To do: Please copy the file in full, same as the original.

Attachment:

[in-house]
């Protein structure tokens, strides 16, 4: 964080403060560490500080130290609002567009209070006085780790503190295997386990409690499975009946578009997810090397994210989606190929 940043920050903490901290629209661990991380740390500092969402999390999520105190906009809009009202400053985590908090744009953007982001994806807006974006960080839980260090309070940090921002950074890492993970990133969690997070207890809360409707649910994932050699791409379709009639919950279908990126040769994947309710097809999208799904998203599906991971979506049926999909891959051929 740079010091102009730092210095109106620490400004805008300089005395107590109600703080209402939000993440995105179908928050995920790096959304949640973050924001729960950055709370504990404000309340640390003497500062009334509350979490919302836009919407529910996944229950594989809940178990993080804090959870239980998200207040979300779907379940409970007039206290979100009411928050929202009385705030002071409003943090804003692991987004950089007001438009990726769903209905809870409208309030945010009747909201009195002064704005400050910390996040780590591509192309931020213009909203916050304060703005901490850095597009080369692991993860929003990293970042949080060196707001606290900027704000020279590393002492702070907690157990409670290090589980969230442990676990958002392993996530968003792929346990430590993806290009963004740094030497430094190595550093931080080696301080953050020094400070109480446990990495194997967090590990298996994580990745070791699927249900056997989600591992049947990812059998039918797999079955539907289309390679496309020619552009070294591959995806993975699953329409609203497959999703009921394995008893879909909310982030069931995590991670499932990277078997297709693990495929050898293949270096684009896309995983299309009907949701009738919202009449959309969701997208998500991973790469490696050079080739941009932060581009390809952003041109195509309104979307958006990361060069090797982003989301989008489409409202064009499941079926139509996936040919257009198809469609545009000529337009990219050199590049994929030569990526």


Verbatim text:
[in-house]
């Protein structure tokens, strides 16, 4: 964080403060560490500080130290609002567009209070006085780790503190295997386990409690499975009946578009997810090397994210989606190929 940043920050903490901290629209661990991380740390500092969402999390999520105190906009809009009202400053985590908090744009953007982001994806807006974006960080839980260090309070940090921002950074890492993970990133969690997070207890809360409707649910994932050699791409379709009639919950279908990126040769994947309710097809999208799904998203599906991971979506049926999909891959051929 740079010091102009730092210095109106620490400004805008300089005395107590109600703080209402939000993440995105179908928050995920790096959304949640973050924001729960950055709370504990404000309340640390003497500062009334509350979490919302836009919407529910996944229950594989809940178990993080804090959870239980998200207040979300779907379940409970007039206290979100009411928050929202009385705030002071409003943090804003692991987004950089007001438009990726769903209905809870409208309030945010009747909201009195002064704005400050910390996040780590591509192309931020213009909203916050304060703005901490850095597009080369692991993860929003990293970042949080060196707001606290900027704000020279590393002492702070907690157990409670290090589980969230442990676990958002392993996530968003792929346990430590993806290009963004740094030497430094190595550093931080080696301080953050020094400070109480446990990495194997967090590990298996994580990745070791699927249900056997989600591992049947990812059998039918797999079955539907289309390679496309020619552009070294591959995806993975699953329409609203497959999703009921394995008893879909909310982030069931995590991670499932990277078997297709693990495929050898293949270096684009896309995983299309009907949701009738919202009449959309969701997208998500991973790469490696050079080739941009932060581009390809952003041109195509309104979307958006990361060069090797982003989301989008489409409202064009499941079926139509996936040919257009198809469609545009000529337009990219050199590049994929030569990526």